Jay Crumb
    Advanced EDM, LLC
    440-567-5808

    electrode-tool-path-heat-dispursion.jpg
    And we haven't even touched on orbit/vectoring lol

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    When it is not possible to put the electrode in a no-wear condition, the selection of the proper grade of graphite can reduce the amount of wear. Since each manufacturer produces many grades in a number of classifications, it is important to understand the characteristics of the graphite. I will prefer Graphite. 3r Tooling is the latest technique used, we have to be much creful when using this.

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    3r stuff is nice but insanely overpriced and parts are scarce...plus their macro pallet quality has gone down.

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    The first question ought to be ... "Why does your pocket need sharp corners?"

    Internal sharp corners are an invitation to cracking.

    If you cannot radius the corners, can you relieve them?

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    Quote Originally Posted by AllenT View Post
    ... the problem is I do not have the vacuum in place to machine graphite yet. ....
    Allen
    This is why the good lord invented cheap shop vacs sold at the big box stores. Along with cardboard and duct tape collectors.
    Bob

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    Thanks for all, Vacs from big box stores would work, it's time to switch to Graphite, hope it's not to late:-) once again thanks all for your inputs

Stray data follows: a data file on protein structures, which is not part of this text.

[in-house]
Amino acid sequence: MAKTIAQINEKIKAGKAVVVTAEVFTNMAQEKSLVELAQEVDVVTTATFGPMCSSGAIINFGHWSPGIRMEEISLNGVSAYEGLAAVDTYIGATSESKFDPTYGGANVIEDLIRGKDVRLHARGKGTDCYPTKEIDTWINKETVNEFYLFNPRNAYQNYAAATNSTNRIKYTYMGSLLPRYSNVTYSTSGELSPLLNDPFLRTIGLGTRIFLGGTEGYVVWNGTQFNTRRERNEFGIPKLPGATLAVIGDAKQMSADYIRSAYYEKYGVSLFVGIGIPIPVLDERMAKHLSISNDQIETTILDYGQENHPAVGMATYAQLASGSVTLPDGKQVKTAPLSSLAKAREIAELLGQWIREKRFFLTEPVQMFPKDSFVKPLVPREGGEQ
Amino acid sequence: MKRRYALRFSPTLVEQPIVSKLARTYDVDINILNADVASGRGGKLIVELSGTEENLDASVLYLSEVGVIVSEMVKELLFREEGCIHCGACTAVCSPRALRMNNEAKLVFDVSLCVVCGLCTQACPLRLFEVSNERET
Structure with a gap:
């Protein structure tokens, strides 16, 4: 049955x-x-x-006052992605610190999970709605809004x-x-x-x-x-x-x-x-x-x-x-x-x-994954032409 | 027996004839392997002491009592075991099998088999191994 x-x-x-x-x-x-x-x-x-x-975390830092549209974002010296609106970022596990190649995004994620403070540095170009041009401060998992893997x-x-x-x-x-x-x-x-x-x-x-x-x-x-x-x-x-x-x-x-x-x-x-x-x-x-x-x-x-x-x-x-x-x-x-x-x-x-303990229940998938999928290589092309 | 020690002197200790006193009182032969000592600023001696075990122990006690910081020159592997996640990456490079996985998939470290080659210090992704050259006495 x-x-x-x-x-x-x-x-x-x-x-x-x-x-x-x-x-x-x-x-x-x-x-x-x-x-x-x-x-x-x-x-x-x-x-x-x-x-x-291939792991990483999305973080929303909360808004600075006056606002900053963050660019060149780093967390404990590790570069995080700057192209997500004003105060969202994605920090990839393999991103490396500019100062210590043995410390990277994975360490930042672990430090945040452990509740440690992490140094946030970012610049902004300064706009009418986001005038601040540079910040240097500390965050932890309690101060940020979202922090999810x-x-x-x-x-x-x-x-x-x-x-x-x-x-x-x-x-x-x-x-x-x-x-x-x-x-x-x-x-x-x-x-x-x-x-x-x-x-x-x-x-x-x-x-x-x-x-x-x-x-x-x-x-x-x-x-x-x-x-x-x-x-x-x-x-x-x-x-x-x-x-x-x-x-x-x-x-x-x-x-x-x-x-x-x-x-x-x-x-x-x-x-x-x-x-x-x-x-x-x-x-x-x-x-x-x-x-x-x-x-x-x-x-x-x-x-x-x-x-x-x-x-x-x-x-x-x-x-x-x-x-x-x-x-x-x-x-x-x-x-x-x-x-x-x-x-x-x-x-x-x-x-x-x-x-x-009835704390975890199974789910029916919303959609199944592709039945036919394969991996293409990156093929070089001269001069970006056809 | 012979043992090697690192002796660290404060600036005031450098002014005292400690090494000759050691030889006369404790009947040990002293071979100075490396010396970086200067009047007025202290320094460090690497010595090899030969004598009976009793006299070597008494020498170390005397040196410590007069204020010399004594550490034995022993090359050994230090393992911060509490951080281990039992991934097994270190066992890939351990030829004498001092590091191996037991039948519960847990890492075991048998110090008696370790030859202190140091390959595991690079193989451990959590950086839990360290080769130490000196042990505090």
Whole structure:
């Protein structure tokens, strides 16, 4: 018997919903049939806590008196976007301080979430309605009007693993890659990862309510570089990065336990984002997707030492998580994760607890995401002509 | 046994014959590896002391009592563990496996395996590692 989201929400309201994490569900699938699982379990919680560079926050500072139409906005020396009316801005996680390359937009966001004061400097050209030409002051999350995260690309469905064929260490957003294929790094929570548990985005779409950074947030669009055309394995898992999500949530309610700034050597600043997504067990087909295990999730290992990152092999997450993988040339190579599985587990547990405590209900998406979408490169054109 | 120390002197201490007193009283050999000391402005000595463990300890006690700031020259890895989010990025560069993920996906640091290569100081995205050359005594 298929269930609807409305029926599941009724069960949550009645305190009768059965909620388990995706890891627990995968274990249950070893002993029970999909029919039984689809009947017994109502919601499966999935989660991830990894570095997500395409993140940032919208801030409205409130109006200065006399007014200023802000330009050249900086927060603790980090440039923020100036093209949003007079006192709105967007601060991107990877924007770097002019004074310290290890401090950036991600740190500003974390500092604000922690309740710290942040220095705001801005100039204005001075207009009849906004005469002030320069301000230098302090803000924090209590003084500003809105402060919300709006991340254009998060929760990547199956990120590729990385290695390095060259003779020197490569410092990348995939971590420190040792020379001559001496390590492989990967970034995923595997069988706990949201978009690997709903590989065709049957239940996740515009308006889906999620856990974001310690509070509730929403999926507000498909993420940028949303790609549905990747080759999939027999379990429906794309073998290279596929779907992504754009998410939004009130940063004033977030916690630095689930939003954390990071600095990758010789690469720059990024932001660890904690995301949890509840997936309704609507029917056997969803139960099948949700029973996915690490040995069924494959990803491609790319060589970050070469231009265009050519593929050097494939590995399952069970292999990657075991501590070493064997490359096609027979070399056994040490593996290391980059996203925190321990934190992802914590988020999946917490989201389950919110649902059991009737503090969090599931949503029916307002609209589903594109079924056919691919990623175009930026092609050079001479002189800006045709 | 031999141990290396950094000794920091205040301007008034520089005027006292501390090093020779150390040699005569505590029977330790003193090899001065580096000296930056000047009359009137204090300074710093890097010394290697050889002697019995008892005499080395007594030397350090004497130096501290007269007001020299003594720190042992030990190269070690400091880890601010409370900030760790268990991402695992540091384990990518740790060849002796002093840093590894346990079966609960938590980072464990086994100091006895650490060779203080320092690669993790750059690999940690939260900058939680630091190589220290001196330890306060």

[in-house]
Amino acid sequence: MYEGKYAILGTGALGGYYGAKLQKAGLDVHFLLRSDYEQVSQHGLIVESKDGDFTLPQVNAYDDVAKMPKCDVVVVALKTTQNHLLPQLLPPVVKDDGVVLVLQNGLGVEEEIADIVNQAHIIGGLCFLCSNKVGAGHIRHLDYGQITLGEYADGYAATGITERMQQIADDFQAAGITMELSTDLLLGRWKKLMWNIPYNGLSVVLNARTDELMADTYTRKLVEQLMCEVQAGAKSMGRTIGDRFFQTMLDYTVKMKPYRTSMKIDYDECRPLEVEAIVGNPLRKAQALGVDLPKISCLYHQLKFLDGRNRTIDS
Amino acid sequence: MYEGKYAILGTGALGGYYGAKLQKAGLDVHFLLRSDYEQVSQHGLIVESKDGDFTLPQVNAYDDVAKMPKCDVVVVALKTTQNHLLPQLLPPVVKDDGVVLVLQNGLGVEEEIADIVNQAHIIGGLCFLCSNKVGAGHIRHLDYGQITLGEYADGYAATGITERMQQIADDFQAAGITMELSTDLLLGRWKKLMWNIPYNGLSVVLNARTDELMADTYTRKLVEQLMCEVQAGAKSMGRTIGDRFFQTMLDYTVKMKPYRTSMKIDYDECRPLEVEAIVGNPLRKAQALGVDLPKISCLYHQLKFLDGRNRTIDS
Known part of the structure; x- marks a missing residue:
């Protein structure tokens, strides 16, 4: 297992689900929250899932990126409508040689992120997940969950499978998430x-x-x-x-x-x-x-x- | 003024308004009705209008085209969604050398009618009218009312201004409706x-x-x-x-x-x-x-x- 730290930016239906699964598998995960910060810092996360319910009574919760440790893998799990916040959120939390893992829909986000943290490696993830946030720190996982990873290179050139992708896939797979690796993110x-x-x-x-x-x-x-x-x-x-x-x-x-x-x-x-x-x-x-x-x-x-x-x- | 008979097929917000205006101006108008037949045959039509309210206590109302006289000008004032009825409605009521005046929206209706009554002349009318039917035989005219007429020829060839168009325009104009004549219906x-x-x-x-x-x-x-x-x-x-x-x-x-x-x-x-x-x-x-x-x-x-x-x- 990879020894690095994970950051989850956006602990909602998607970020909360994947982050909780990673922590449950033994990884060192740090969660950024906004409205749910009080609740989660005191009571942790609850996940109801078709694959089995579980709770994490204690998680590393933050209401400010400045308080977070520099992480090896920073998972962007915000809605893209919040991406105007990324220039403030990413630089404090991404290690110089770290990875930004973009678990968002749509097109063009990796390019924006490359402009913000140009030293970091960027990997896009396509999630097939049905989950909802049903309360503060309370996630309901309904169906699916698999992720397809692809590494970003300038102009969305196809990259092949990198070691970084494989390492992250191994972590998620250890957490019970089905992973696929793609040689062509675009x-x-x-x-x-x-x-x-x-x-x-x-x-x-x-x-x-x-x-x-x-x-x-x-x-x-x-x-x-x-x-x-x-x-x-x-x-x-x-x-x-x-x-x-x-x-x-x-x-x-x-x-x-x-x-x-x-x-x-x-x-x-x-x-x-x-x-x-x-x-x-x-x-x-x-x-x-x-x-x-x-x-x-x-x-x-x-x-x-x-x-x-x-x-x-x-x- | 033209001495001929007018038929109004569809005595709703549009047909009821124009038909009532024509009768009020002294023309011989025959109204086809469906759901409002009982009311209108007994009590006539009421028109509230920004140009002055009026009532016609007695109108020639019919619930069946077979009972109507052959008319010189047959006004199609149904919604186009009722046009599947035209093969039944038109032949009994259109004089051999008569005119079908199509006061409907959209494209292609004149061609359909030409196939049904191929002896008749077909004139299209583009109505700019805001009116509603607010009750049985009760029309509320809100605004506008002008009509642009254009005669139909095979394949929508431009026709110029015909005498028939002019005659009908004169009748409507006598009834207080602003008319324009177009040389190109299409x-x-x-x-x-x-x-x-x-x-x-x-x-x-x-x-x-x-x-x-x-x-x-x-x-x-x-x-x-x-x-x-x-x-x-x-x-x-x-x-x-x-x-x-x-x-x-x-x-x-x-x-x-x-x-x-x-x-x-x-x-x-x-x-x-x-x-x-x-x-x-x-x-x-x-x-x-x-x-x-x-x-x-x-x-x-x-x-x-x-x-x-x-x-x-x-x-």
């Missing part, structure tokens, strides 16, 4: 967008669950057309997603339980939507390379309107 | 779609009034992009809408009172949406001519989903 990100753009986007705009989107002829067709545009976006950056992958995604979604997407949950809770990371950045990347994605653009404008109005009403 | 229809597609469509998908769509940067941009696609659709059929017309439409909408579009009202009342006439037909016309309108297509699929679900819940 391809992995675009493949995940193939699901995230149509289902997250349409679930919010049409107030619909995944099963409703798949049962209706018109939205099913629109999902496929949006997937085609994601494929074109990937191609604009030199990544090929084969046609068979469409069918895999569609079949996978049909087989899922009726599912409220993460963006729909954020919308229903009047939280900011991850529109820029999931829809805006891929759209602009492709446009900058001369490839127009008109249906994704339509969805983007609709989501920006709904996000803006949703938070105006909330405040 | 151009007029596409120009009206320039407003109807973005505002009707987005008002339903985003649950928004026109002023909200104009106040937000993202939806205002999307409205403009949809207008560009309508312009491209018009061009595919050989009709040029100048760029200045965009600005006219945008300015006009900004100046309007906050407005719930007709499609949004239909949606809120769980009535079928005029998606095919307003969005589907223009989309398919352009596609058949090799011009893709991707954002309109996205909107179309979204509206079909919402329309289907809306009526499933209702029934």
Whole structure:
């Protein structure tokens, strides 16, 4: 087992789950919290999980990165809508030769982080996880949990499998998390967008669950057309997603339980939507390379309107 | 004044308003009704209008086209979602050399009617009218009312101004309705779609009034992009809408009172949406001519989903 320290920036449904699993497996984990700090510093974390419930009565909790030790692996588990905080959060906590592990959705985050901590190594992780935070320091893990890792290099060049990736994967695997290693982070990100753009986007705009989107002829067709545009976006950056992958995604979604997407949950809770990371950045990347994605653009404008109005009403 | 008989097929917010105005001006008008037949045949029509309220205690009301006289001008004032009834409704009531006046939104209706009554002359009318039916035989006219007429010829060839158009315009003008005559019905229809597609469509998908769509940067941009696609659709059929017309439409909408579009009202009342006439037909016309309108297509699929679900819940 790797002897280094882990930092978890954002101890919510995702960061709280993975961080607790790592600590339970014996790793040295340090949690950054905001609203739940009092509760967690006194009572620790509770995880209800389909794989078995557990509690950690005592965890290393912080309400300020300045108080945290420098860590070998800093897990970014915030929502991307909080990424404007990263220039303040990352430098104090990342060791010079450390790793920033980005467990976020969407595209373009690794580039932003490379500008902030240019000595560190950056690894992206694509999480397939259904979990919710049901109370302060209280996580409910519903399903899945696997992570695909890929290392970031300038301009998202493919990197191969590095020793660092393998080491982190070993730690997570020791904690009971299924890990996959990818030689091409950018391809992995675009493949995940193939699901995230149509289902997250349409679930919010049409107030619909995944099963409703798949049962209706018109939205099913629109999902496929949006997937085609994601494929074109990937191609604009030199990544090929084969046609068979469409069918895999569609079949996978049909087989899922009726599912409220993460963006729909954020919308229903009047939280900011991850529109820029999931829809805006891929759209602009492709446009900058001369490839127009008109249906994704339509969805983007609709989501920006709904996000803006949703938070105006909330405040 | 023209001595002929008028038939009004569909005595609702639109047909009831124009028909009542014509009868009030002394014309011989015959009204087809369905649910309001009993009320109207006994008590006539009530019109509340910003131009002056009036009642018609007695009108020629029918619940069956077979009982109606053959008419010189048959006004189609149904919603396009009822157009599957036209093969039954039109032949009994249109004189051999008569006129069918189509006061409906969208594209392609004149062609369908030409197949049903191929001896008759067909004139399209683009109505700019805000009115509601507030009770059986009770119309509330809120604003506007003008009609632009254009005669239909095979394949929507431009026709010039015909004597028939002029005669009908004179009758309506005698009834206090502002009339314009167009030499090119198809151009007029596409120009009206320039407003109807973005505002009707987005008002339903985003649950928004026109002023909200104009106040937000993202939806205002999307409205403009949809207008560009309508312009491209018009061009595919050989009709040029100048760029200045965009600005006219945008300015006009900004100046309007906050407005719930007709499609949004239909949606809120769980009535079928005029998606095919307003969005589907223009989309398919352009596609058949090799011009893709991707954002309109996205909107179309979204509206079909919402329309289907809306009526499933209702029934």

Allen

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    If it’s the same agies that I’ve used, it’s ACO- 4 which enables the current to active work surface protection. Which simply cuts down Amps in relation to the variation of surface contact over the course of an erosion

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    I'm puzzled that nobody has talked about spark gap. If the op is concerned about wear, maximizing spark gap will greatly decrease wear. Finer graphics increases strength drastically and reduces wear somewhat the down powerline controls most of the wear. A .010 sg down powerline has significantly less wear than a .005 sg down.

    Sent from my SM-G960U using Tapatalk

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    Im using Copper electrodes only on my Mitsu. AE12v Advance. Edge on electrodes by my knowlege are far better with using copper electrodes than graphite. Also if electrodes are simple, just make them few, put them in toolchanger and use correct offset and orbit. Its no problem to get to VDI0 on new Mits.